A week after Abel Caesar Madrigal, 20, broke his neck in a wreck on Interstate 82, he still cannot feel his legs.
But his father, also named Abel Madrigal, said his son is happy to be alive.
"I'm glad to be here. I don't care if I'm in a wheelchair," his father reported his son said when a breathing tube was removed from his mouth Wednesday, allowing him to talk for the first time since the wreck.
The 20-year-old, who his family calls Caesar, remains in the intensive care unit at Harborview Medical Center in Seattle.
His family believes road rage was responsible for the accident that left Caesar with three broken bones in or near his neck.
The Washington State Patrol investigation into the incident is continuing. One witness did not think there was a second car involved that caused the Pathfinder that Caesar Madrigal was riding in to crash, said Washington State Patrol Lt. Roger Wilbur. But there may be other witnesses who still could provide information, he said.
On April 7, Jonathan A. Harmon, 20, of Pasco, was driving the Pathfinder and Caesar, of Kennewick, was his passenger. Harmon entered Interstate 82 on an on-ramp going east.
Caesar's family said the Pathfinder accidentally cut off another car. Someone in the other car made a rude hand gesture, then Caesar did the same, his father said, adding that his son should not have responded.
The other car pulled in front of the Pathfinder then and that car's driver tapped his brakes, according to the father. Harmon turned his wheel to avoid hitting the car, losing control and causing the Pathfinder to roll several times about 11/2 miles east of the Badger Road exit.
Caesar could see the Pathfinder was going into the ditch and grabbed onto a handle in the vehicle and told his friend Harmon, "Hang on. I love you," as the Pathfinder started to roll, his father said.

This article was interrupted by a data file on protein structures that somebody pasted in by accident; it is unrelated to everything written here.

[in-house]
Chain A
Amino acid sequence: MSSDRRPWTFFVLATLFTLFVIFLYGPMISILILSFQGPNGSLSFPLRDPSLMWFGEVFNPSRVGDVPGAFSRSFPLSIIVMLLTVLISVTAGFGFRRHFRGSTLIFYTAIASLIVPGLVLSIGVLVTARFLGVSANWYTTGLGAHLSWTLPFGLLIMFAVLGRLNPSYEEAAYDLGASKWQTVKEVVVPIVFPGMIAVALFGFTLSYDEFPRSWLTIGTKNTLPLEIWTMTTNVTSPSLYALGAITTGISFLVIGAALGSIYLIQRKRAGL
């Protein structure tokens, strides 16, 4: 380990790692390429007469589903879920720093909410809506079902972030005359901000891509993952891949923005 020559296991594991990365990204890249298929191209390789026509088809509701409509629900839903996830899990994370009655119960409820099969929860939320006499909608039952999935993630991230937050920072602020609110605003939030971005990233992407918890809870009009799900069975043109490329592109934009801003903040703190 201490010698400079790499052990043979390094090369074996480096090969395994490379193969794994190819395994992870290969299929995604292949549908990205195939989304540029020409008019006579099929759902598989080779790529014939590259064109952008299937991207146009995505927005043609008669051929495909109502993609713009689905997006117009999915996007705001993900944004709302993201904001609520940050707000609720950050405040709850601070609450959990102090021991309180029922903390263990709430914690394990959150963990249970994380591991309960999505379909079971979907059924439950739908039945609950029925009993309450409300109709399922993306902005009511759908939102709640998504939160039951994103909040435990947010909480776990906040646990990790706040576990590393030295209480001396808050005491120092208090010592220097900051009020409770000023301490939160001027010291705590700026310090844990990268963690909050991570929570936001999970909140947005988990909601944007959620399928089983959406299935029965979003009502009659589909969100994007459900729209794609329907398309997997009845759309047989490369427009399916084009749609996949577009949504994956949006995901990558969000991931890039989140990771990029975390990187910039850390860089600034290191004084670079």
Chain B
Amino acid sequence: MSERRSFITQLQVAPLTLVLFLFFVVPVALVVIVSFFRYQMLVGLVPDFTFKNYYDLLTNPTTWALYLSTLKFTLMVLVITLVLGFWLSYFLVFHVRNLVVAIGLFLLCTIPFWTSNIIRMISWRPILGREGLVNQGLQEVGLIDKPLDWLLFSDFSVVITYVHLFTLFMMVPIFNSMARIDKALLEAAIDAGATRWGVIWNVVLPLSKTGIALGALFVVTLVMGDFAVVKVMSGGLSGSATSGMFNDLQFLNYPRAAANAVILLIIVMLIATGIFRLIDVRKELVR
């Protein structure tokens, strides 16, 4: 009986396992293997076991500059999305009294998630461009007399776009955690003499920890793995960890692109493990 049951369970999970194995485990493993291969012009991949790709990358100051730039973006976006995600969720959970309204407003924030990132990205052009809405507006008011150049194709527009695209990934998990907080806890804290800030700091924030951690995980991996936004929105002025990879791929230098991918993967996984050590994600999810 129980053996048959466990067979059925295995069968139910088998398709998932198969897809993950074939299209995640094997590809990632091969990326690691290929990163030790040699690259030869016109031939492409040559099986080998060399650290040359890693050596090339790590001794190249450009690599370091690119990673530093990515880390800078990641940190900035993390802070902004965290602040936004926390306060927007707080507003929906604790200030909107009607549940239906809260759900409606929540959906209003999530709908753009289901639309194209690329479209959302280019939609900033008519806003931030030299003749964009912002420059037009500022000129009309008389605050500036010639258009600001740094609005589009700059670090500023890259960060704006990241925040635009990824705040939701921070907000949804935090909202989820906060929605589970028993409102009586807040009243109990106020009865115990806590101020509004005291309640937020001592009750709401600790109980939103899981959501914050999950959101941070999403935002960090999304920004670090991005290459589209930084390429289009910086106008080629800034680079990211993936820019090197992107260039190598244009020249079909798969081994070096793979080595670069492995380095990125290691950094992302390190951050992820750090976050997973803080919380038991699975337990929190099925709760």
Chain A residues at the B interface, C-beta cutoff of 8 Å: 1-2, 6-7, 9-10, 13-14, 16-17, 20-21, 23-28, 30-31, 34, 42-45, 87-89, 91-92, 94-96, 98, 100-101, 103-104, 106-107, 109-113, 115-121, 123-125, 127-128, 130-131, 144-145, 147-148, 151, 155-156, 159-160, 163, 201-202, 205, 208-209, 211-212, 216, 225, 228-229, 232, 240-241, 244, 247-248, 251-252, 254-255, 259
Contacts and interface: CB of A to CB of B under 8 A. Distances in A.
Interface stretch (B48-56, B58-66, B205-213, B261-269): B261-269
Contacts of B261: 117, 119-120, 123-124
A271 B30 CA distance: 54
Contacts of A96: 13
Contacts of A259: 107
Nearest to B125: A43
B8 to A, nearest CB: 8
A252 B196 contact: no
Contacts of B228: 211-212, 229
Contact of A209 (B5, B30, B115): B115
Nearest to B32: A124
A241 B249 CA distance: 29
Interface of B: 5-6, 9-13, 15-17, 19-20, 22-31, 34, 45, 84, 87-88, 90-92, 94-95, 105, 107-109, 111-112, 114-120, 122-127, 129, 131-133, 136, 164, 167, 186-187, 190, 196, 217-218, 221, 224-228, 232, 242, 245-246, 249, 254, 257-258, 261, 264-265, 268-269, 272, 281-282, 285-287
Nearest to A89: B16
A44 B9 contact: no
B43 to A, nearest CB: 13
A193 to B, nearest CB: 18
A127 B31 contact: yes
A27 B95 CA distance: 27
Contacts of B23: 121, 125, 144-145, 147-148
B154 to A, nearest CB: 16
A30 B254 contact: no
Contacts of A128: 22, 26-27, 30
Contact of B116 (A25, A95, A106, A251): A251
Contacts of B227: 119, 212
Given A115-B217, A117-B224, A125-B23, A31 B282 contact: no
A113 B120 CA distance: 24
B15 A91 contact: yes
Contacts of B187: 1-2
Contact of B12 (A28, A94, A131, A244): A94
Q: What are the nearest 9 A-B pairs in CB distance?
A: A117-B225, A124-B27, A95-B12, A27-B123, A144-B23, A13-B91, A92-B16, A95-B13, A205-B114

After the car stopped Caesar asked, "Are you alive?" His friend said yes and asked how he was.
"I can't feel my legs," Caesar replied, according to his father.
A nurse stopped at the wreck and Caesar asked her to call his mother, Julia Madrigal, who lives with his father nearby.
Caesar was taken to Kadlec Regional Medical Center in Richland and then flown to Harborview, where he had an eight-hour operation on his spine Friday and another Sunday, his father said. Surgeons inserted titanium rods and screws.
He also needed 20 staples for a gash where he hit his head, even though he was wearing his seat belt, his father said.
His family has been told it's too soon to know the full extent of his spinal injuries, and they hold out hope that as the swelling in his body goes down, he will have some recovery. They are thankful he had no brain injuries.
Now he can move his hands, but cannot curl them into a good fist, his father said.
Although his voice still is raspy from the breathing tube, Caesar has talked to his friend who was driving and told him, "I forgive you. It was an accident," his father said.
Caesar, who played football for Kennewick High, had been talking of starting college this fall at Spokane Falls Community College, but now his family is thinking about rehabilitation instead.
He could be out of the intensive care unit by Monday and then start physical therapy next week. His mother has made arrangements to move to Seattle for at least a month to be with him.
His father is convinced road rage on the part of the driver of the other car was the cause of his son's injuries.
"I want the guy caught," he said. "An innocent kid suffered spinal injury. I just want justice somehow, some way."
An account to help Caesar Madrigal has been set up. Donations may be made to Bank of America Account No. 43943331.